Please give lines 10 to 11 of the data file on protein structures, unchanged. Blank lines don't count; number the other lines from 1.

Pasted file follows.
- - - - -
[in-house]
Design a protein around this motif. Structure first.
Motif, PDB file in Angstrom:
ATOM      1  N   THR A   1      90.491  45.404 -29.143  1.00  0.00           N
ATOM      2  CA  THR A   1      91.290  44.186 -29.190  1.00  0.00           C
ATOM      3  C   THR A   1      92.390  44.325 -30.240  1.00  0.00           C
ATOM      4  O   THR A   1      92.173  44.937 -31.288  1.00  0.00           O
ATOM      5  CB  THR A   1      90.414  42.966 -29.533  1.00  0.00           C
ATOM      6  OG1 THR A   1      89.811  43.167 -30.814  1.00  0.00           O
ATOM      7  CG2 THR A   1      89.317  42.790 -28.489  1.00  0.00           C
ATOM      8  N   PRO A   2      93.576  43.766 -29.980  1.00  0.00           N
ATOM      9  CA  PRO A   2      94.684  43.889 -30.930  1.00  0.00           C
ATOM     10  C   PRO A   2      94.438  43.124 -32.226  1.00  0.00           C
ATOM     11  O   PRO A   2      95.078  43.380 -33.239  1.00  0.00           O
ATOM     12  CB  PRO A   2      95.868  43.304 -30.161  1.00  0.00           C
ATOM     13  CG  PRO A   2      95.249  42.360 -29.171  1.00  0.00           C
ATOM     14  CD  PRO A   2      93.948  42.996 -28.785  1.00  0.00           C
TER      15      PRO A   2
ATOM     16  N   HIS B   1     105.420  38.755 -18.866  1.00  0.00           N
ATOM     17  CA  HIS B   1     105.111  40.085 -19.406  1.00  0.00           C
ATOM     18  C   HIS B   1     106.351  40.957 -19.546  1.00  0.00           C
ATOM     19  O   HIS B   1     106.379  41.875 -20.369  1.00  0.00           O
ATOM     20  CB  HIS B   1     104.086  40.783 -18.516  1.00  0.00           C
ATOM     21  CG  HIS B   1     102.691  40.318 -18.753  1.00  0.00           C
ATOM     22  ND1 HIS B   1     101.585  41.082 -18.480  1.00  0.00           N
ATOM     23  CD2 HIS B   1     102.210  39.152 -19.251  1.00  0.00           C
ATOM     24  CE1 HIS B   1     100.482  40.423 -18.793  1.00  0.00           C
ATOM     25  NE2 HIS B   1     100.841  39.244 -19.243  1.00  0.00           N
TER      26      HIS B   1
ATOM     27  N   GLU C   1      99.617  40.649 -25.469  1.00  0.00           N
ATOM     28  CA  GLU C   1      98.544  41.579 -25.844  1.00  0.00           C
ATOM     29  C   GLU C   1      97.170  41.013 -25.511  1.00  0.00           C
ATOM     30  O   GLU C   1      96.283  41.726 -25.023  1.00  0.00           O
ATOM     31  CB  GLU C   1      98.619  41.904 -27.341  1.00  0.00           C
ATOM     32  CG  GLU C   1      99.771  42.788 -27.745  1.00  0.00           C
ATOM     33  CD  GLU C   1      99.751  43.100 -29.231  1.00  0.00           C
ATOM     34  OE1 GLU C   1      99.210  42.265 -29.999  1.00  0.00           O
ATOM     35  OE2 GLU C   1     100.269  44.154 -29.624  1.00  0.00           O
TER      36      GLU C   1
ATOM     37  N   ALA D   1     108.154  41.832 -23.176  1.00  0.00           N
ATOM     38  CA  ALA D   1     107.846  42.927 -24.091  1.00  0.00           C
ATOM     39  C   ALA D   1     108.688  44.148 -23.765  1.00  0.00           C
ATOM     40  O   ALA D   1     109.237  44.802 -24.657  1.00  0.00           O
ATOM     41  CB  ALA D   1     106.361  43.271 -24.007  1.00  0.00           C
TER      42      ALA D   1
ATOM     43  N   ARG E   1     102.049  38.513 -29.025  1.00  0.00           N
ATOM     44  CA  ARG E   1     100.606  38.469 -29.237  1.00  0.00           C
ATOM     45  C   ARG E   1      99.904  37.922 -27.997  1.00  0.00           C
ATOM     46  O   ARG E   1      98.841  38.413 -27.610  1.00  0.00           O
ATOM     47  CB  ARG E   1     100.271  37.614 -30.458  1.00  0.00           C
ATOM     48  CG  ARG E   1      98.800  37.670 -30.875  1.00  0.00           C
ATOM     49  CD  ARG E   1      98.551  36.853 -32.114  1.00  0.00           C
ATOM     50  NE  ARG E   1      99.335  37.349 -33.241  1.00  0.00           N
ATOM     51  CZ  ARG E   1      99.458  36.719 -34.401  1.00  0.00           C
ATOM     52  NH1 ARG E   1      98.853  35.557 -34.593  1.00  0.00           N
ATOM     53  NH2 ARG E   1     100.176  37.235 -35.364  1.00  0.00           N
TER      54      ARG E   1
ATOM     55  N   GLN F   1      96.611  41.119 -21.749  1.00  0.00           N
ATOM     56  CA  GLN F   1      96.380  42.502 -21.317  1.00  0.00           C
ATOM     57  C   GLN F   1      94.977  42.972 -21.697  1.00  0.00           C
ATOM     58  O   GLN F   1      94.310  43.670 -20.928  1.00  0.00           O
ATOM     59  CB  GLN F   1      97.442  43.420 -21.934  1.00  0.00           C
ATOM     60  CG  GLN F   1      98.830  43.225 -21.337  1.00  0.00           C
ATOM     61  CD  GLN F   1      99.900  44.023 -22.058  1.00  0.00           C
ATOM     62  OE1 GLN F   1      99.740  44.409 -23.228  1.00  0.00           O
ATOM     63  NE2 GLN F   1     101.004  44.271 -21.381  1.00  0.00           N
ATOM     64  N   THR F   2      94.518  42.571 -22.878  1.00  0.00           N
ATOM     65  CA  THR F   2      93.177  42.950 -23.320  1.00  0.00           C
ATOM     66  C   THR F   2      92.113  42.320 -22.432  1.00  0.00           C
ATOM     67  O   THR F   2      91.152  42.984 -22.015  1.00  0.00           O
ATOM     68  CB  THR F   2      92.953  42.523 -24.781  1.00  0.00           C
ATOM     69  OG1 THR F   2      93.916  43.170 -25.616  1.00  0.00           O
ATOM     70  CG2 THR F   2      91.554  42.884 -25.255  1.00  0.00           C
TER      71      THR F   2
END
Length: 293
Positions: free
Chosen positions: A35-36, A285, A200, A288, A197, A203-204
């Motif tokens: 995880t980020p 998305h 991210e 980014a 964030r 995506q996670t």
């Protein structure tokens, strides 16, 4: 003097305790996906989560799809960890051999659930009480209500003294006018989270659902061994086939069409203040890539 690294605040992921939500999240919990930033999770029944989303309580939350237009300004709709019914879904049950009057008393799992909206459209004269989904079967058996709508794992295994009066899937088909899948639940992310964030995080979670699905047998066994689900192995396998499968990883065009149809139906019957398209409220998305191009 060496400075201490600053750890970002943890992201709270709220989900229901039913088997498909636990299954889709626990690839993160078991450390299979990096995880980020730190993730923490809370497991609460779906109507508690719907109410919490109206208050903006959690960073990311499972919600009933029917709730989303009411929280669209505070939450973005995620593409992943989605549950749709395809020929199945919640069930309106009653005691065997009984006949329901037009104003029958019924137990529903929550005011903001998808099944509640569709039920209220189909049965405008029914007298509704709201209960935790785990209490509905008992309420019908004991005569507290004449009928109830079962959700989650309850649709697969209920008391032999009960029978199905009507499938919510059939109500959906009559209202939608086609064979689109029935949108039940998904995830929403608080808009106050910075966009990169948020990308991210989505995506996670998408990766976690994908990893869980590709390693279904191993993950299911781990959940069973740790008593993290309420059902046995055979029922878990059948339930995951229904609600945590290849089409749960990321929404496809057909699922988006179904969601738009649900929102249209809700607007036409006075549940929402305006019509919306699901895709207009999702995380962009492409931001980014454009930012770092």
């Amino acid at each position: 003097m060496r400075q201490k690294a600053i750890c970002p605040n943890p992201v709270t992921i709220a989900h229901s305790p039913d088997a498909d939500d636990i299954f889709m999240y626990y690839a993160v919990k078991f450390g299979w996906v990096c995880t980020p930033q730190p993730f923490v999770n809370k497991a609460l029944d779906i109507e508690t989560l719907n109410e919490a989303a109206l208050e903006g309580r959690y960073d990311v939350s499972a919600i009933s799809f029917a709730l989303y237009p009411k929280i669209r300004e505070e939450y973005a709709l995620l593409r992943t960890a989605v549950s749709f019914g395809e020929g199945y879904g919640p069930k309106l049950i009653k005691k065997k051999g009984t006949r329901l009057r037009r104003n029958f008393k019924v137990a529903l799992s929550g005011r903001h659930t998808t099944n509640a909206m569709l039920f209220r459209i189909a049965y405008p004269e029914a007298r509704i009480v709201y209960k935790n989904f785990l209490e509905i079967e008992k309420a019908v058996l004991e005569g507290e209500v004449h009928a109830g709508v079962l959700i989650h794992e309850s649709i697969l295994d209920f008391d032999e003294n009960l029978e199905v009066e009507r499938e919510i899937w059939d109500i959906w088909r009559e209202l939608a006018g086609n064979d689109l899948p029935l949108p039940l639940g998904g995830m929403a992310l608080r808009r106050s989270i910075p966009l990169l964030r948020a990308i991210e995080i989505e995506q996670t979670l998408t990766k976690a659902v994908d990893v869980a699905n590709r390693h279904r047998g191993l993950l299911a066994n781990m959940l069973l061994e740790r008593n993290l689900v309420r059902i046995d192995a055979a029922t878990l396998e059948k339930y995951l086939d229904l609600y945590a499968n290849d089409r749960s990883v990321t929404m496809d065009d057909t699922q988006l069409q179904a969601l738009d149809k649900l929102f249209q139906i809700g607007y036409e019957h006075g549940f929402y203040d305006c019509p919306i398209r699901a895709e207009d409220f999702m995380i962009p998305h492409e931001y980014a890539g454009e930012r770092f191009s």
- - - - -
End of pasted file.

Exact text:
ATOM      7  CG2 THR A   1      89.317  42.790 -28.489  1.00  0.00           C
ATOM      8  N   PRO A   2      93.576  43.766 -29.980  1.00  0.00           N